Well, that’s one way to handle a scandal.
The hostage thing is moving along. Claire is negotiating with the imprisoned head of ICO to see if he can use his influence to get the release of the Millers. Setting up the conversation is done in such a way to make Conway look bad and to secure the release of two of the three hostages. Of course, terrorists can’t be trusted so it doesn’t quite work, but Frank promises there will be a much larger scale war in the Middle East if any of the hostages is killed. The cabin that the feds find isn’t even the right one.
Mostly, this is going according to plan for Frank. But then something else happens.
Tom Hammerschmidt comes to the White House. And he can’t be intimidated. He can’t be tricked. He doesn’t fall for any of Frank’s blatant lies. All he cares about is the truth. The story is already scheduled for his newspaper’s online edition. He’s just looking for Frank’s comment on how he connived his way into the Oval Office. Frank won’t say anything on the record unless Hammerschmidt goes along with Frank’s version of things. And that doesn’t happen. Hammerschmidt has quotes from Remy, Jackie, Walker, and some timelines that makes everything suspicious, and that’s enough for a story.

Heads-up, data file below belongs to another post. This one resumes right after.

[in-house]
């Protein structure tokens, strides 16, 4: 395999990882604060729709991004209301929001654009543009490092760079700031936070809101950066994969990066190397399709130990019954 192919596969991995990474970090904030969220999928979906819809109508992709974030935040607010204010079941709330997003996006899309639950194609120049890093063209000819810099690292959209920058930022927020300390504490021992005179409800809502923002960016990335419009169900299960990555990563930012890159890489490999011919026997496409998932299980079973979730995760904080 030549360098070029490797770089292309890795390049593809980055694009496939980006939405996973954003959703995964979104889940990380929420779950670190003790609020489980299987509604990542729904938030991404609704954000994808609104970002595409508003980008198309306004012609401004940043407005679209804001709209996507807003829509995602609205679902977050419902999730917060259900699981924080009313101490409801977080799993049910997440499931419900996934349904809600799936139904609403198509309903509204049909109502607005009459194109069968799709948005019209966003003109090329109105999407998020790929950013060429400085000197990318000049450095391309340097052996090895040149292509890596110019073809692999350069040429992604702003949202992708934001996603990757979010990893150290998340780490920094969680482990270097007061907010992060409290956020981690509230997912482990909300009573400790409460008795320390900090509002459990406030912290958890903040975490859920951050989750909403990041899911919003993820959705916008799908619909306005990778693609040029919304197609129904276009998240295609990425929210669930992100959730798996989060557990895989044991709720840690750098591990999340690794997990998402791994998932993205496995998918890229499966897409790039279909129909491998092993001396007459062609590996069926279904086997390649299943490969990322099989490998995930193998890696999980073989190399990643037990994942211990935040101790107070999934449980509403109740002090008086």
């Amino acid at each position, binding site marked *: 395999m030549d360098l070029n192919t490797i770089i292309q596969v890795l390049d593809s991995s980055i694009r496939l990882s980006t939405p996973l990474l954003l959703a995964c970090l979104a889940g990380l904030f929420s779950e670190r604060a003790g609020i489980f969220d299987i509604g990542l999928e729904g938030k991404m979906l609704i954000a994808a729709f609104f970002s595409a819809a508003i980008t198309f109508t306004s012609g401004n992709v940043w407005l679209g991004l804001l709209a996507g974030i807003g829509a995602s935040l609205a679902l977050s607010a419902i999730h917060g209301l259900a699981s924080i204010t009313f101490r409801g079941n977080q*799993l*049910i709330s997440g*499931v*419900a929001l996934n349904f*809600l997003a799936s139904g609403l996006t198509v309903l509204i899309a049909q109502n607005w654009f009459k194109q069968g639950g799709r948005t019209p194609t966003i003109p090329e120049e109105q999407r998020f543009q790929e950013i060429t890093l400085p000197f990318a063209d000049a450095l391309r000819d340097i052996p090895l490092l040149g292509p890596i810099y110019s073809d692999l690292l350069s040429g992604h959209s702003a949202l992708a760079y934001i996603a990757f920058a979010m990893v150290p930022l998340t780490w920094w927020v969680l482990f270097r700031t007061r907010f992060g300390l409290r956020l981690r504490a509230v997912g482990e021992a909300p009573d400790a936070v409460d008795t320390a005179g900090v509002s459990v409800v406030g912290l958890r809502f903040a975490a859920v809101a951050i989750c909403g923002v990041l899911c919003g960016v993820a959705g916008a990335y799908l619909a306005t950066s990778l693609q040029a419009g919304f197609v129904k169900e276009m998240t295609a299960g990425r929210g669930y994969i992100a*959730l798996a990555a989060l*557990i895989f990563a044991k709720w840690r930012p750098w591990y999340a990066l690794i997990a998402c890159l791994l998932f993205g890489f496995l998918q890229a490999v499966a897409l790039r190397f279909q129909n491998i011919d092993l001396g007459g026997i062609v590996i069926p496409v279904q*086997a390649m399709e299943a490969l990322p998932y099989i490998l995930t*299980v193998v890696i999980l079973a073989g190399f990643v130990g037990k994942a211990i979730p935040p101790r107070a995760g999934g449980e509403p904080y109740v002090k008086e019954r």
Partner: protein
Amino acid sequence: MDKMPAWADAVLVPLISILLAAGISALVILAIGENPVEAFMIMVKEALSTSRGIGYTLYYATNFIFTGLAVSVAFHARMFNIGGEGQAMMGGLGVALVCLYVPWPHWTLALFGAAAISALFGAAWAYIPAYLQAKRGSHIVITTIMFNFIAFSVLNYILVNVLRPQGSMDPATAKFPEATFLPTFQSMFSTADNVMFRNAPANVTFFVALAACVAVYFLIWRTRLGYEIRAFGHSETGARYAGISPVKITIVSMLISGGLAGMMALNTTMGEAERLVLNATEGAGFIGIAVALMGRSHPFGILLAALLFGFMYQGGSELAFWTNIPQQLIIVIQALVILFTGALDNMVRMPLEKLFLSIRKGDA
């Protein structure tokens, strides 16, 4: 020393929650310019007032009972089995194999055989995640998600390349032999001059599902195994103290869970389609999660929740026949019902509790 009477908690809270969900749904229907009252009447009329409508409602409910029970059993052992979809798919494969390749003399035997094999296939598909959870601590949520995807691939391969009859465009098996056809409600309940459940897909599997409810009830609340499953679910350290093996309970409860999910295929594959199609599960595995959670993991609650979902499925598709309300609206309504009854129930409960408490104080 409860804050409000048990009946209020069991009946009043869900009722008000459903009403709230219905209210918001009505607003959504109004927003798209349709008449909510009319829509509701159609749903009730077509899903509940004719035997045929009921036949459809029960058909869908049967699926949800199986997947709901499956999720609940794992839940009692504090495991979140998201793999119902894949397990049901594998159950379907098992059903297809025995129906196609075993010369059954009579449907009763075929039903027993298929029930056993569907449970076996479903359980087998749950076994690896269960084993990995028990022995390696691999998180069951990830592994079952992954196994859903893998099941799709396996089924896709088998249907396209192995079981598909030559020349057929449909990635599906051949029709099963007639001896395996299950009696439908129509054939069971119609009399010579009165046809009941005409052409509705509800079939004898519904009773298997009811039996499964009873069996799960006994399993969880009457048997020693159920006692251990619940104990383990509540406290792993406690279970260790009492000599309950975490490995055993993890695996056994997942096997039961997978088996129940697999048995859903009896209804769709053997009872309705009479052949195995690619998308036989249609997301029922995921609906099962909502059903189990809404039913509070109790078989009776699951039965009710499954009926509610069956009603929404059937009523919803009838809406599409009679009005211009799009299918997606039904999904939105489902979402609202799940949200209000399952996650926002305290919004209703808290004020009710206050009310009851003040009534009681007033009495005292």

This is the sort of thing that could, weeks before an election, sink Frank’s whole presidency. Is there a way out of it? Claire has an idea, and making it Claire’s idea reminds the home viewer just how complicit she is in everything that’s happened.
They need to distract people. They need people scared. They need a war.
And those terrorist wannabes will be more than happy to play their part by executing the last of the Millers.
So, the news comes out. Durant is scared for her own career. Tom Yates knows Claire is lying to him when she denies it. Doug is loyal to Frank no matter what because that’s all there is to Doug Stamper. Conway isn’t sure how to react to it.
Frank’s reaction? Go on TV and announce an escalation on the War on Terror against ICO. Keep the people panicked and chaotic, promise there will be deaths of soldiers in a necessary conflict, and that will get people off the whole corruption thing.
I’ve belabored the Shakespeare comparison before, but one of the things Shakespeare did was show chaos and death follow a country when the wrong man is king. War? Domestic terrorists? Yeah, that works for that.
So, as the White House briefing room, featuring many of the show’s regular characters including campaign people who wouldn’t normally be in there, watch Mr. Miller get his throat slit, everyone in the room reacts with terror and disgust, looking away…aside from Frank and Claire sitting at the head of the table. Both Underwoods address the home audience (a first for Claire). They tell us the truth of things. The Underwoods don’t feel terror.
They cause it.
No one ever said House of Cards was a subtle show.